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The MutS and MutL protein families and their role in the initiation of DNA mismatch repair

  • Author(s): Mendillo, Marc Laurence
  • et al.
Abstract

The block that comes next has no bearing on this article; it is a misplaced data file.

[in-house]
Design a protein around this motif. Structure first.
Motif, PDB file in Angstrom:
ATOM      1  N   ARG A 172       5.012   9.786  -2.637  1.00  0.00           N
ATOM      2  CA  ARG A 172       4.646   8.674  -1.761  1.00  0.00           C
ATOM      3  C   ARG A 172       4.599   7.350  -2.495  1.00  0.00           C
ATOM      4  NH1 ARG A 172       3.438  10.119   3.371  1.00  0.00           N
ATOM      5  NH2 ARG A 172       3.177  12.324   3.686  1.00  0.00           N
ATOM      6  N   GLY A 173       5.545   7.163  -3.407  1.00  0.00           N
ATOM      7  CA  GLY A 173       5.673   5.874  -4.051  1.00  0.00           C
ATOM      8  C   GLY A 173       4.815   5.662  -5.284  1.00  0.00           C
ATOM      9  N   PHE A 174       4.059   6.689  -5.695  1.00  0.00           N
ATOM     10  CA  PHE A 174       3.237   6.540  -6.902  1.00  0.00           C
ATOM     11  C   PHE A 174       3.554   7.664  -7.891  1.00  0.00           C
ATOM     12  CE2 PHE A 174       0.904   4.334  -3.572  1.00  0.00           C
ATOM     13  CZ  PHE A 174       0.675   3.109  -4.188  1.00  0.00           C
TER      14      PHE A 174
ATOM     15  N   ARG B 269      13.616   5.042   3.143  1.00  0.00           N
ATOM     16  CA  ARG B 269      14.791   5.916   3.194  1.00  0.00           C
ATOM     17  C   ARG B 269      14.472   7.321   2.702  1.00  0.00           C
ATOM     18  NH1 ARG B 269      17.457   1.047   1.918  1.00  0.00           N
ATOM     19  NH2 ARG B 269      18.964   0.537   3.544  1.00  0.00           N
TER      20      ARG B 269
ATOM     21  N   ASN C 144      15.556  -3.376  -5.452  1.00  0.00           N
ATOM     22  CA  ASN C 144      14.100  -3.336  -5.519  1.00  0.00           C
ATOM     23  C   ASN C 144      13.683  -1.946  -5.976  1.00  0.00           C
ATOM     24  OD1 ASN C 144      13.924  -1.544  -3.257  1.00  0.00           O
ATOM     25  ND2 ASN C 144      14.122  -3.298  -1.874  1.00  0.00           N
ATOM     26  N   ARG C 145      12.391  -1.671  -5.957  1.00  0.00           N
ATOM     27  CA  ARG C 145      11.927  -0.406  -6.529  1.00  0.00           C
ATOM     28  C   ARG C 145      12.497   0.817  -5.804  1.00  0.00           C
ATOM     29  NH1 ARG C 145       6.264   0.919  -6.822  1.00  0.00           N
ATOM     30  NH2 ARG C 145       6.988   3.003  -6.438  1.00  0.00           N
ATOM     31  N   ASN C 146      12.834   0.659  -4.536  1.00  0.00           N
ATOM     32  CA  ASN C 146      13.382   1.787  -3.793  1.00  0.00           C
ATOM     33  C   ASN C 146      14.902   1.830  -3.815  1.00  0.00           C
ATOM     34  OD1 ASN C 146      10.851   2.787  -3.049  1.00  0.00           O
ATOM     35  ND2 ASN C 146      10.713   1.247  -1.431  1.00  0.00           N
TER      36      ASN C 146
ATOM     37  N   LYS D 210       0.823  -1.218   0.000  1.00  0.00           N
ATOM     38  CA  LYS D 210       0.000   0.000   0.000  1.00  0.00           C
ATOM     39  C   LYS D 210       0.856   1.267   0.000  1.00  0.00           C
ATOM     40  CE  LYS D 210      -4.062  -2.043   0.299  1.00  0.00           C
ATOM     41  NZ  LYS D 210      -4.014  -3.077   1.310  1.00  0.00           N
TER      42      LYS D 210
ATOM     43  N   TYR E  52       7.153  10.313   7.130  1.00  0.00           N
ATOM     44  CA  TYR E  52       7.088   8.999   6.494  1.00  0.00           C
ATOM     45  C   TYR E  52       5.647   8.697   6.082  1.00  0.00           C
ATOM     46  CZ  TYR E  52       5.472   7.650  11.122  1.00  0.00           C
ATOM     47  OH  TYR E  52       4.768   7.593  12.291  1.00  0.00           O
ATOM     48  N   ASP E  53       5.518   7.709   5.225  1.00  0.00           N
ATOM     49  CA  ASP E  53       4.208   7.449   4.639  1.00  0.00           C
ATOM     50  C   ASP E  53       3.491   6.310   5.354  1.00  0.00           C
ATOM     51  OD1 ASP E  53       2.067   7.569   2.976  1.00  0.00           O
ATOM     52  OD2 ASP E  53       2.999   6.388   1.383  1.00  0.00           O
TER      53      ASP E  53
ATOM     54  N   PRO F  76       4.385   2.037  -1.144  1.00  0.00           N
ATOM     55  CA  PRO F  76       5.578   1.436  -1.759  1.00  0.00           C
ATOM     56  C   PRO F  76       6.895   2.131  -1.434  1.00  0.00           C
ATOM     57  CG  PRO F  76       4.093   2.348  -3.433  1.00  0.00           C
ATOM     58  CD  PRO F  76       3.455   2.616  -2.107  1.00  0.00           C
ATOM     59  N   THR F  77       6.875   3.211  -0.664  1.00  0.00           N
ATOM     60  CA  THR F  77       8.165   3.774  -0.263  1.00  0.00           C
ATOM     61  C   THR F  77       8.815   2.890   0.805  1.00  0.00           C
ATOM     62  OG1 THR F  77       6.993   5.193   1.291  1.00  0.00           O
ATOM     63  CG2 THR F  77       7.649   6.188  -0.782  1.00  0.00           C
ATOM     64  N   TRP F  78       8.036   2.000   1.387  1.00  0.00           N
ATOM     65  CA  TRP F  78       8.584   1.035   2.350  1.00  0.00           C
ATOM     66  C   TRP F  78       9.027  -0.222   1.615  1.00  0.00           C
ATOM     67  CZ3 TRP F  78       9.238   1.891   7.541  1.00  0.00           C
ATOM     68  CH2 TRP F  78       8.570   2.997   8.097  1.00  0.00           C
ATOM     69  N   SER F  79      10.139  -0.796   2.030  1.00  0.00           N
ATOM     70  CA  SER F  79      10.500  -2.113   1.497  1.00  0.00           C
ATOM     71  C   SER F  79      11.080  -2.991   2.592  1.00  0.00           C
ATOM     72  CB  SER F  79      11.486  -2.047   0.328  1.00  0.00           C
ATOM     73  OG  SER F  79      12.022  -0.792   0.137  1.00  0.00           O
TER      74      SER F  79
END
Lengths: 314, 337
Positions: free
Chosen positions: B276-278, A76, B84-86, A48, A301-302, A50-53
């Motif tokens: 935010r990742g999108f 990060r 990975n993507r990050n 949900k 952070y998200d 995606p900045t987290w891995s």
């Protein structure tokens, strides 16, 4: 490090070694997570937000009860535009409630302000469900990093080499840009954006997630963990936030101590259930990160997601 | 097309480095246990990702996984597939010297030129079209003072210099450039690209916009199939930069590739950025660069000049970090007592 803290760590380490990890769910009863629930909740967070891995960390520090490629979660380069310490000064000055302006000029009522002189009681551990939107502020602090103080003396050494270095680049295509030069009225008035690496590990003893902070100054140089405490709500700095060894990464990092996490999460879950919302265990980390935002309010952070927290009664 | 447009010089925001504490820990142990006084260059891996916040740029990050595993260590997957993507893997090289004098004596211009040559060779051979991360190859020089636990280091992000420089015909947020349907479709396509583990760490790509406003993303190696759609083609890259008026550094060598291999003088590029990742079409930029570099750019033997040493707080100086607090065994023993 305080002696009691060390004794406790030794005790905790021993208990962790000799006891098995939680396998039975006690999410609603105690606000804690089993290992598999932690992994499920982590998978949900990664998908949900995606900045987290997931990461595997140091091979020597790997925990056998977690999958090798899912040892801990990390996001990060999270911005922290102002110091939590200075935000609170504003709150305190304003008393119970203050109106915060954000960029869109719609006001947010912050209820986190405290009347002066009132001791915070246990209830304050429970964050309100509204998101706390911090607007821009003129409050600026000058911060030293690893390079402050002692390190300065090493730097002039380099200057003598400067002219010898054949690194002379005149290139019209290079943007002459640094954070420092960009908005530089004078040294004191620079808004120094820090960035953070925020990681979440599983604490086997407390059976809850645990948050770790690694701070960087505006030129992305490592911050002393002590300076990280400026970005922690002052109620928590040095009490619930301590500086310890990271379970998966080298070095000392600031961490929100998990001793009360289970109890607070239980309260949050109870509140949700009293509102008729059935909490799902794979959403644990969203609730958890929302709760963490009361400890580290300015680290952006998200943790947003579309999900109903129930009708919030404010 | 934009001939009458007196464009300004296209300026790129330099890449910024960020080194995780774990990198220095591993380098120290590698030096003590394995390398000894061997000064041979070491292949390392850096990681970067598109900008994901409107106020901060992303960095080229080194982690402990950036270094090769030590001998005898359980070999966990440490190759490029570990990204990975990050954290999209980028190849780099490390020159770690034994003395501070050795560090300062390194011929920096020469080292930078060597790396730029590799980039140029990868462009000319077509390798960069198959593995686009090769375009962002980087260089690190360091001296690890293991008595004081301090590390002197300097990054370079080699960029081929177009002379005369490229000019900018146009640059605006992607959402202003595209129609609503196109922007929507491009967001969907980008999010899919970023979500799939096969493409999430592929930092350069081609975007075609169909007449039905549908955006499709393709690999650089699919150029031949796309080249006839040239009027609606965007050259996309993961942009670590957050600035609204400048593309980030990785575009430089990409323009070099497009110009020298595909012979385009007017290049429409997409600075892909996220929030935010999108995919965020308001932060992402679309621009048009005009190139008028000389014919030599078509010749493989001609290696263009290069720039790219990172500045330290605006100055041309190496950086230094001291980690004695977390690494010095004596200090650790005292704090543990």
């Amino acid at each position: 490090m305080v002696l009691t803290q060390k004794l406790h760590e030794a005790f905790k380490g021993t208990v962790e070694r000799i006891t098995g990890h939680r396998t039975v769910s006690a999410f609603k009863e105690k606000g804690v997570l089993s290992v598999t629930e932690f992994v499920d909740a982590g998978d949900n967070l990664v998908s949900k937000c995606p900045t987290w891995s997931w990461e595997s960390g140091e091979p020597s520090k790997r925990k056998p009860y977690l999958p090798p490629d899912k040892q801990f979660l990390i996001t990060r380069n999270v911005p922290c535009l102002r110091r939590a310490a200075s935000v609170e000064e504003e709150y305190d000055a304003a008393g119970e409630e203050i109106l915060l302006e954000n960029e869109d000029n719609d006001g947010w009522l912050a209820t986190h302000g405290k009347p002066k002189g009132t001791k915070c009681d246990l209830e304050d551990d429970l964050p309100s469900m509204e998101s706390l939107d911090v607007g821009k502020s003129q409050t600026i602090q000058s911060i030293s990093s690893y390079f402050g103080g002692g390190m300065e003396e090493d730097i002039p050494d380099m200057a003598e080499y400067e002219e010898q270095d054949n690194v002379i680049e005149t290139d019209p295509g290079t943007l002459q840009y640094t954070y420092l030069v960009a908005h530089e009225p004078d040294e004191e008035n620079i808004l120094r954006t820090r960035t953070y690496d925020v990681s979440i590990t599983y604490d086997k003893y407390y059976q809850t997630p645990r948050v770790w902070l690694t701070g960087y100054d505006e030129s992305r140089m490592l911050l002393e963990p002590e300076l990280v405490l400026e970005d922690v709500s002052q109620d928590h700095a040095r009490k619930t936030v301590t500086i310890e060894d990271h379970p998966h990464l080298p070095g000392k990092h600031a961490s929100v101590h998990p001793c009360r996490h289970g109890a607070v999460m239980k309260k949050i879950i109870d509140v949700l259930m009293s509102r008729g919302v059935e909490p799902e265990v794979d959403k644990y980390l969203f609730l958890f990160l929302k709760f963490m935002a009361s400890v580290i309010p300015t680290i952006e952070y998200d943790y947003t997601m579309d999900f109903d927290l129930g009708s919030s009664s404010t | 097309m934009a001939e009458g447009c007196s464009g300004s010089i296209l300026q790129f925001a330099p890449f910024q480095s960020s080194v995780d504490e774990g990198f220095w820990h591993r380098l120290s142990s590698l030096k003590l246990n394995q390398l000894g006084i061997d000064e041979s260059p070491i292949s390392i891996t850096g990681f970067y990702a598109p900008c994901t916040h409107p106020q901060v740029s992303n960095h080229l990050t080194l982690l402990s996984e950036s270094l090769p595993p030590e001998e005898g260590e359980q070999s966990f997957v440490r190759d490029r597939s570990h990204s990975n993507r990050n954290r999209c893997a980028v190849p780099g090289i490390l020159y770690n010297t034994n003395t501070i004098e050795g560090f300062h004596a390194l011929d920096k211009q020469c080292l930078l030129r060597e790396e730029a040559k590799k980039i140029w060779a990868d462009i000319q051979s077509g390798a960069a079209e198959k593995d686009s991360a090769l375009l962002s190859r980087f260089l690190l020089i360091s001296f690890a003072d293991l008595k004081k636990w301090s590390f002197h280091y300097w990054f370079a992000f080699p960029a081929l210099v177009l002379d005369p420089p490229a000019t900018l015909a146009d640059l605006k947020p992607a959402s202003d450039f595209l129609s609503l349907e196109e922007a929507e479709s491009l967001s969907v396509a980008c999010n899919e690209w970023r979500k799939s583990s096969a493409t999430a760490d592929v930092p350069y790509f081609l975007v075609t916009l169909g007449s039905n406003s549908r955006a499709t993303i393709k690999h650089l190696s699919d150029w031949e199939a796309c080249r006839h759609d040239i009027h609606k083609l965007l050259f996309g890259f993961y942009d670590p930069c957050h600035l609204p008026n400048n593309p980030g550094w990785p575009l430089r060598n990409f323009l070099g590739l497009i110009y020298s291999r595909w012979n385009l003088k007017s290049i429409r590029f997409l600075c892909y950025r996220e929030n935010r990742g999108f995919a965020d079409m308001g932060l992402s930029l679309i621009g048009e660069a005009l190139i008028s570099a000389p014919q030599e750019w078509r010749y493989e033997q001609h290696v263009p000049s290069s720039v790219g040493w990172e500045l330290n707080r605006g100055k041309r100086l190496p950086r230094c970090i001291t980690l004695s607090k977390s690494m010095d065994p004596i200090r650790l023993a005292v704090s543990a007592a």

In Escherichia coli, MutS initiates mismatch repair (MMR) by binding mispaired DNA. MutL, an intermediary protein, recognizes mispair-activated MutS and activates downstream MMR proteins. In eukaryotes MMR is similarly initiated by a MutS Homologue (MSH) complex called Msh2-Msh6 that binds to a MutL Homologue (MLH) complex, called Mlh1-Pms1, which activates downstream proteins. While the in vitro reconstitution of a MMR reaction using purified Escherichia coli proteins was described nearly twenty years ago (and recently using human proteins), the molecular mechanism of this process is not well understood. Accordingly, several models describe the coordination of MMR events. The studies described in this dissertation use various methods to explore the molecular mechanism of the initiation of MMR. A system was developed for studying MMR protein movement along DNA. This system was characterized using MSH and MLH complexes from Saccharomyces cerevisiae. In addition, an assay was developed to monitor ATP binding in the MSH proteins. These studies revealed that Msh2-Msh6 hydrolyzes ATP to bind mispaired DNA in an ADP-bound form. Mispair binding enables the Msh2-Msh6 to bind ATP in its high-affinity ATP binding site, but inhibits ATP hydrolysis allowing Msh2 to bind an additional ATP, yielding a dual ATP bound form, which is competent for sliding along DNA. Mutant MSH complexes defective for binding ATP in Msh2 failed to slide. The MSH-MLH ternary complex also appeared to slide, but its affinity for DNA ends confounded dissociation analysis. Interestingly, a dominant mutant Msh2-Msh6 complex interacted with Mlh1-Pms1, but failed to slide, suggesting that sliding is important for MMR in vivo. Lastly, small angle x-ray scattering of E. coli MutS and the crystal structure of its C-terminal 34 amino acids containing the tetramer-forming domain provide a model for full length MutS; further analysis revealed that stable dimers, but not tetramers are essential for MMR in vivo. Taken together, these results support a model of MMR initiation where a dimeric MSH complex recognizes the mispair, binds but does not hydrolyze ATP producing a conformational change that enables binding of the MLH complex and sliding along the DNA helix where downstream signaling can be initiated

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